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INDIANAPOLIS — Faith in Indiana, a local group with the vision of improving the lives of all Hoosiers, is renewing its demand for a clinician-led emergency mental health crisis response team after an Indianapolis musician died in police custody.

Herman Whitfield III was a 39-year-old concert pianist and award-winning composer. He was experiencing a mental health crisis early Monday morning when his parents called for an ambulance.

Indianapolis Metropolitan Police Department (IMPD) officers arrived to help de-escalate. Police said Whitfield III was naked, sweating, and bleeding at the mouth.

According to an IMPD statement, an officer deployed an electronic control device, or a taser, twice after Whitfield lunged at them. Whitfield later died.

Georon Evans is a black coalition leader with Faith in Indiana. The group held a vigil for Whitfield at City Market on Wednesday.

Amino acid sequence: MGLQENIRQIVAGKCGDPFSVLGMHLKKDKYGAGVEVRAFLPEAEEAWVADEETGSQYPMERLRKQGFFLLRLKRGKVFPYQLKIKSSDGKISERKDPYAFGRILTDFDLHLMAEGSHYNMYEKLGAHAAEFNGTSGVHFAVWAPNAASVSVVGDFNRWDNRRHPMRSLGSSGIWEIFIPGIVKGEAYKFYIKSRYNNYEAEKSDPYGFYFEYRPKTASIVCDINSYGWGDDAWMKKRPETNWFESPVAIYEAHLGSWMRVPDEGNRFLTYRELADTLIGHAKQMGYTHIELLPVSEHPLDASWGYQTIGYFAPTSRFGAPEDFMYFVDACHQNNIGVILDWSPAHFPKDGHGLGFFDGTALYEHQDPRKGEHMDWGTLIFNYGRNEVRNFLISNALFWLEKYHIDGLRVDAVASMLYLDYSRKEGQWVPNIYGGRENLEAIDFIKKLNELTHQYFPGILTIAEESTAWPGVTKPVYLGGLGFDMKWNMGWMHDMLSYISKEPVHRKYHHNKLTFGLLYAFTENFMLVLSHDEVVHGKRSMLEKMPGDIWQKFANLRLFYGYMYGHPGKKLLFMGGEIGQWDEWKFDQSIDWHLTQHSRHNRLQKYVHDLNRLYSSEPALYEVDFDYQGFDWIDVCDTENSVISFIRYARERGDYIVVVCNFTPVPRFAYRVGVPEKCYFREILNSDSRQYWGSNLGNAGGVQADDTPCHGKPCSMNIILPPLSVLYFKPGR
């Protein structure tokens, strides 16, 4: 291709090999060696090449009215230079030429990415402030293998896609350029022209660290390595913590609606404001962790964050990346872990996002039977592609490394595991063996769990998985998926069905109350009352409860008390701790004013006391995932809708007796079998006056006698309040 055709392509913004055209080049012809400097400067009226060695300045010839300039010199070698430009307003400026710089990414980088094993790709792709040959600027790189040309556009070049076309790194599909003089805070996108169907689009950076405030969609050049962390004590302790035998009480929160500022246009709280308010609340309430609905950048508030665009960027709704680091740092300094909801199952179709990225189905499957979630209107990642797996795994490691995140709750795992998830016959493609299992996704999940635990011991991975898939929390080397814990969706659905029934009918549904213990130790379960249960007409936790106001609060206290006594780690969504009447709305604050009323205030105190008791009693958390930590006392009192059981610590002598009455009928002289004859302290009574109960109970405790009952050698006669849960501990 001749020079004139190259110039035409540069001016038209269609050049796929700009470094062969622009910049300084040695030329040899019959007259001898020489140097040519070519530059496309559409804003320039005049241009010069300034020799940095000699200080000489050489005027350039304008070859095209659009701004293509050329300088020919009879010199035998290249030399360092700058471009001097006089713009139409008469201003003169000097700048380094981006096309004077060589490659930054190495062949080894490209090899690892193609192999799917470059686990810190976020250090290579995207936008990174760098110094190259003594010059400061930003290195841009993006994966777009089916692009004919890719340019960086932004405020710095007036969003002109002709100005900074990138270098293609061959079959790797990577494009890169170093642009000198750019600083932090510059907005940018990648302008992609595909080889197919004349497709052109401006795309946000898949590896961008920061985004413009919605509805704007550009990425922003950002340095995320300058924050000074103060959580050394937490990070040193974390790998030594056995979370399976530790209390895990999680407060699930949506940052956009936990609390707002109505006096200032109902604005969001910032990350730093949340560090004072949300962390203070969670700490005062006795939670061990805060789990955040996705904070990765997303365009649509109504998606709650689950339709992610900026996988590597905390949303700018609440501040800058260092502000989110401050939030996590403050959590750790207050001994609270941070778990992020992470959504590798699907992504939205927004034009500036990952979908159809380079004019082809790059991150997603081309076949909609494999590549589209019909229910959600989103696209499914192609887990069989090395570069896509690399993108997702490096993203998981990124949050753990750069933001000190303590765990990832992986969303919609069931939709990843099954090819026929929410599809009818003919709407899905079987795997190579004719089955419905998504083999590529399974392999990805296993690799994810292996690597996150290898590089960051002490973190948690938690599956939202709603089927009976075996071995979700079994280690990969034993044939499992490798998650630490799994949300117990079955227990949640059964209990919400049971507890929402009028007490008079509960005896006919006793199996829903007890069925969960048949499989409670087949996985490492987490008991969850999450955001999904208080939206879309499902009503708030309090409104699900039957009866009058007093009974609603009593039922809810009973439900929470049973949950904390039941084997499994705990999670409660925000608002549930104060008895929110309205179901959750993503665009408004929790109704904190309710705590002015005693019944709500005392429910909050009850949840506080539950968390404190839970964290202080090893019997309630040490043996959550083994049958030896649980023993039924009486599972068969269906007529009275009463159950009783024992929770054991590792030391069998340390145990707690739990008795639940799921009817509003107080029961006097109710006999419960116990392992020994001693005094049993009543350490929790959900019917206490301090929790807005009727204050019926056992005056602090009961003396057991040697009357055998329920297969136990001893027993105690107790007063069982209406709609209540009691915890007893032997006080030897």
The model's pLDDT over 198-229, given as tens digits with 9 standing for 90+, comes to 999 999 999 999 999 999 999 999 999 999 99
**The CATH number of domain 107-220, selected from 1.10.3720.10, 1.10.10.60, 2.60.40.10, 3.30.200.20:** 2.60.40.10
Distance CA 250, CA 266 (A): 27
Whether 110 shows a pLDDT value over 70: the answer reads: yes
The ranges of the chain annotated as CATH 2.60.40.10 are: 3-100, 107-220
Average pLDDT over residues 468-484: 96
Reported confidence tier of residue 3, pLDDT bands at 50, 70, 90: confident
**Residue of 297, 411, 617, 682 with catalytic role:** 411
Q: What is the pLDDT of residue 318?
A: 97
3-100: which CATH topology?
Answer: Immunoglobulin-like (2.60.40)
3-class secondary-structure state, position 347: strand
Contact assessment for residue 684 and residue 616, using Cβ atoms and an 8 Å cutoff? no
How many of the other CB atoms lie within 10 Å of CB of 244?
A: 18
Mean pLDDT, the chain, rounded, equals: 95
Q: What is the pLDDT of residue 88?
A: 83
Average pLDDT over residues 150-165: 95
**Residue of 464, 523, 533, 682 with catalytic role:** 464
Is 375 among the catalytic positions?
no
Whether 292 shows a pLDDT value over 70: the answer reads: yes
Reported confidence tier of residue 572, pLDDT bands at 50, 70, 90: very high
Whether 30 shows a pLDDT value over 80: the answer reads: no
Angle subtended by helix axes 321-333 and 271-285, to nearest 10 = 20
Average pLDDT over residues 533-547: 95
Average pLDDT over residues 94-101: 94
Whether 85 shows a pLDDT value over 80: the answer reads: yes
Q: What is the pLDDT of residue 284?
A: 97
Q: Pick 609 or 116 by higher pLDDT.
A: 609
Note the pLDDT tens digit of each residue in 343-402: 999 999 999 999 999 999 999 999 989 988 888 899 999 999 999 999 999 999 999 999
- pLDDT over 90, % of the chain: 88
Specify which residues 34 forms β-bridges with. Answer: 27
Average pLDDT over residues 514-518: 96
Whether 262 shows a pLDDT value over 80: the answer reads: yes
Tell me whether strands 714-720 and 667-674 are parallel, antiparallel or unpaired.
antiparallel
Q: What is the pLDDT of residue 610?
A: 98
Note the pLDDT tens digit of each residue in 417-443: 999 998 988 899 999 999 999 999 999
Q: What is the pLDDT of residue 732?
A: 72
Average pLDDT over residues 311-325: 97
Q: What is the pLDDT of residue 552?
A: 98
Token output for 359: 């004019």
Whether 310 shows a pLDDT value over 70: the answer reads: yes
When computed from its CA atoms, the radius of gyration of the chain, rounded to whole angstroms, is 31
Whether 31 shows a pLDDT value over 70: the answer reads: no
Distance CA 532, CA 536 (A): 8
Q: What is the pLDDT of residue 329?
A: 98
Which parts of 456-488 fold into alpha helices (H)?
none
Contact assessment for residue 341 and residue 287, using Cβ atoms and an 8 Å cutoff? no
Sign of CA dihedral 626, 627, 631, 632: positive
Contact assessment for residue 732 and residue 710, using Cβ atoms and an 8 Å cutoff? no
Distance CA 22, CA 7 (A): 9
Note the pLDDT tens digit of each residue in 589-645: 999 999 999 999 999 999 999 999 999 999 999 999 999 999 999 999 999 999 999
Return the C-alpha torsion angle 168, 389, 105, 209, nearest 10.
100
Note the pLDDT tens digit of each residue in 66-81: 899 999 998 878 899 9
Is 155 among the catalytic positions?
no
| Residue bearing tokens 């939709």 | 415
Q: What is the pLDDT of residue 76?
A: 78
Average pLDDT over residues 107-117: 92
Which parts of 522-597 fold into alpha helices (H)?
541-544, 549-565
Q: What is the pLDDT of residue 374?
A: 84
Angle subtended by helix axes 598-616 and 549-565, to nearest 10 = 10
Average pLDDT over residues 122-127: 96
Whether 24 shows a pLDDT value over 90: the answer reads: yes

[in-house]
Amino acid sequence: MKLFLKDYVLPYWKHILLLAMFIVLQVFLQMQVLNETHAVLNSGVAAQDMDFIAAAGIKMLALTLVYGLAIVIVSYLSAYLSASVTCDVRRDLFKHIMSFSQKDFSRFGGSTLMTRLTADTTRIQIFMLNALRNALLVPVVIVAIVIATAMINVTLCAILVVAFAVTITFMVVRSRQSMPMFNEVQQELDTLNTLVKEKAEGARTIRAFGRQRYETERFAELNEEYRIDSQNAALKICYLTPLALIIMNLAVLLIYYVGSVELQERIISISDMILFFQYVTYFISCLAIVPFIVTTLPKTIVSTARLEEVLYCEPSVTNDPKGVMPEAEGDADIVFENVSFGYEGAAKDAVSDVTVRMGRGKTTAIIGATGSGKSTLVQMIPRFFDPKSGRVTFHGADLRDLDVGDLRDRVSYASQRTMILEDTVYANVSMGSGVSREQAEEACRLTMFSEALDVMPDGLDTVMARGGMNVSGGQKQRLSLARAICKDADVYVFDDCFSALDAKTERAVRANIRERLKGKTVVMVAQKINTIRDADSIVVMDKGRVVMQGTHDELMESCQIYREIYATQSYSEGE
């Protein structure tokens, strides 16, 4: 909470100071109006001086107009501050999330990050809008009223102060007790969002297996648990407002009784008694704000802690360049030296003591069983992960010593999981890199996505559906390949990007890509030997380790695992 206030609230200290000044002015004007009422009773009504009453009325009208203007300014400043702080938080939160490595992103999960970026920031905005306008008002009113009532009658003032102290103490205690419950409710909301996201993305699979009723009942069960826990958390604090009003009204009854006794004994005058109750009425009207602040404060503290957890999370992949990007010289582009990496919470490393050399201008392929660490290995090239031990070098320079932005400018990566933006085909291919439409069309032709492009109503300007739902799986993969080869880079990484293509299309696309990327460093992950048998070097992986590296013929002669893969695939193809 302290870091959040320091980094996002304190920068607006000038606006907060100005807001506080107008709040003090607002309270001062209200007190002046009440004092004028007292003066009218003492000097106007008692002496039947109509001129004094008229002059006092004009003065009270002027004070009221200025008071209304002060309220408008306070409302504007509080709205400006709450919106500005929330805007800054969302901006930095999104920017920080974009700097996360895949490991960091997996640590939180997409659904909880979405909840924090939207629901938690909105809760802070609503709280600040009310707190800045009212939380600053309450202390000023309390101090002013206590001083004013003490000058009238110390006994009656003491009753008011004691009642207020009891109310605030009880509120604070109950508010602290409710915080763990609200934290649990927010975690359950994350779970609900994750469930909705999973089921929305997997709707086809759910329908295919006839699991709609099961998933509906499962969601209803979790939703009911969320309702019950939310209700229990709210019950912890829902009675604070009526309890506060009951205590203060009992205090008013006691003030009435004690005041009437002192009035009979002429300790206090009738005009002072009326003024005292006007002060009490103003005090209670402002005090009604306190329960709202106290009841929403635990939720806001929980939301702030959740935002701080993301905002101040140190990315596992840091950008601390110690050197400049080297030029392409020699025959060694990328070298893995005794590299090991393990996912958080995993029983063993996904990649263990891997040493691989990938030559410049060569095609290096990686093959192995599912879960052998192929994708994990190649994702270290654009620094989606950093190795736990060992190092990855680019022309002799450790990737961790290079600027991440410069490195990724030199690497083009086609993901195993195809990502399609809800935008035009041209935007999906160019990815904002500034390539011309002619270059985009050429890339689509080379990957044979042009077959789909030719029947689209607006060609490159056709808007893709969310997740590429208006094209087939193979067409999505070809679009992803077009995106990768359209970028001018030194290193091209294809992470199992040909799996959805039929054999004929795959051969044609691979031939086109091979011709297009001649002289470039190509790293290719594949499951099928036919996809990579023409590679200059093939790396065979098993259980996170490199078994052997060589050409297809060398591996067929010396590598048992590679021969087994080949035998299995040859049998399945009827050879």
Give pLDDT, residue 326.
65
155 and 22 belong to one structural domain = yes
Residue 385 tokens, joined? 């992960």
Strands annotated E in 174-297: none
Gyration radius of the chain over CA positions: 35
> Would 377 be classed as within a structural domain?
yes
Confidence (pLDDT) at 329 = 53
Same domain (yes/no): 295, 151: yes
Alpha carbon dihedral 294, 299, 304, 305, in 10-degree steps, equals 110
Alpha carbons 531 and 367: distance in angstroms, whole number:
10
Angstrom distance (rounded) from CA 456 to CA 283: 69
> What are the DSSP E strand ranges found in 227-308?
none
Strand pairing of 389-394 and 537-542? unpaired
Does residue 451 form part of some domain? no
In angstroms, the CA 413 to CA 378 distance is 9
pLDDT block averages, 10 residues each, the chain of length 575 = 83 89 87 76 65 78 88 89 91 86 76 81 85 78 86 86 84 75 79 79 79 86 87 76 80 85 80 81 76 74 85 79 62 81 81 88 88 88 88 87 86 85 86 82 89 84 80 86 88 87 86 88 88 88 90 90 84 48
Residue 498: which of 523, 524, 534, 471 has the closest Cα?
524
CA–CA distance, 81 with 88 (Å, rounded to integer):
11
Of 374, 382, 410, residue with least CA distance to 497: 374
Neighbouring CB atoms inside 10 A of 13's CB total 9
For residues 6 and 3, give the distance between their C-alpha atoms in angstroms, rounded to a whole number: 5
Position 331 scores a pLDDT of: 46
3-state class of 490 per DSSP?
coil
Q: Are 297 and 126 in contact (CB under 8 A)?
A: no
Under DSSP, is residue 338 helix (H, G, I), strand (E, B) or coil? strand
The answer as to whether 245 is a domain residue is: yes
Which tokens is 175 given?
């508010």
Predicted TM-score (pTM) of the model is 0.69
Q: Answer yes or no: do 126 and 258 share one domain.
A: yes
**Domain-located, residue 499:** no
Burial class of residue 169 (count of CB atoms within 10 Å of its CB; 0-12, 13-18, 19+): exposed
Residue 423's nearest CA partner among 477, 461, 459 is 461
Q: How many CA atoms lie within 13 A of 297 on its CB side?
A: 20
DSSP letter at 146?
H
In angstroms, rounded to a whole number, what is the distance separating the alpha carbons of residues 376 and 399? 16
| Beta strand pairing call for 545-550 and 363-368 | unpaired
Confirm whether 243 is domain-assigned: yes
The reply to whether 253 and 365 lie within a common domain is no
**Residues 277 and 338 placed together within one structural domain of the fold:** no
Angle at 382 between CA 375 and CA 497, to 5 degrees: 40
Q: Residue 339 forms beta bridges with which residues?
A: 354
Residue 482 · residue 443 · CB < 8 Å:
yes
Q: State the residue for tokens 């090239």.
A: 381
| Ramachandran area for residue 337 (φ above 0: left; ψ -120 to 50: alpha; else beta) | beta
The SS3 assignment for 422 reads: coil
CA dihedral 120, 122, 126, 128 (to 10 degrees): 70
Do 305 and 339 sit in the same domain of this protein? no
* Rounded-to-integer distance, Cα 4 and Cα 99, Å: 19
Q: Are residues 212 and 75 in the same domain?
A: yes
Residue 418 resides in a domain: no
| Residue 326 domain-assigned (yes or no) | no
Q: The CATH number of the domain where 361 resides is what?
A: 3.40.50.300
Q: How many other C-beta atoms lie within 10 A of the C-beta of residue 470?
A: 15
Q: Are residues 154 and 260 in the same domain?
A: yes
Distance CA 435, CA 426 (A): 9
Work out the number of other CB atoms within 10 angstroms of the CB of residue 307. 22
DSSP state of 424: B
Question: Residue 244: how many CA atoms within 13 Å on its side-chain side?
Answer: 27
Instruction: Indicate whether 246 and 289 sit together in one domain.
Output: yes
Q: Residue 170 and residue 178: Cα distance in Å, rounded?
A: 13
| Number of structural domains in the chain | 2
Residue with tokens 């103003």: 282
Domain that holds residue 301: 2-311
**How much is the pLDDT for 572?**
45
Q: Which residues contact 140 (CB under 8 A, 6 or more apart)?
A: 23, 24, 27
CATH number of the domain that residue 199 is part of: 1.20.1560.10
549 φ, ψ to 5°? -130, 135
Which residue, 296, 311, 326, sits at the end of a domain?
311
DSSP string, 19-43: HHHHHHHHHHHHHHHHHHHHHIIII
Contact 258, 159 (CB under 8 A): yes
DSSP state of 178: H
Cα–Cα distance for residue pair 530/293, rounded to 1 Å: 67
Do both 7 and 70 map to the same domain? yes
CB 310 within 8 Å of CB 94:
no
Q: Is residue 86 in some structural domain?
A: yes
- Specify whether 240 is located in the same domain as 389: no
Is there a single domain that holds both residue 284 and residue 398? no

“It could be me. It could be the next person. You never know who it could be,” Evans said.

Dr. Dorothy Herron also came to the vigil. She wanted to support Whitfield’s family, even though she’s never met him.

“God bless you. God loves you. The community loves you and we will work to make a difference,” Herron said.

On March 8, Faith in Indiana asked Mayor Joe Hogsett to create a robust clinician-led emergency mental health crisis response team that could serve Marion County around the clock. The mayor agreed and plans to have a pilot program ready to launch early next year.

After Whitfield’s death in the midst of a mental health crisis, the group says that’s not soon enough.

“If only it could have been faster,” Evans said. “If only we could have set this up faster. It feels like the same story over and over again. What really gets done? He has his little five minutes of fame, gets his name posted and then in a month he’s gone. (Then) we’re onto the next victim, then the next victim. We’re tired of victims.”

Read more from WRTV here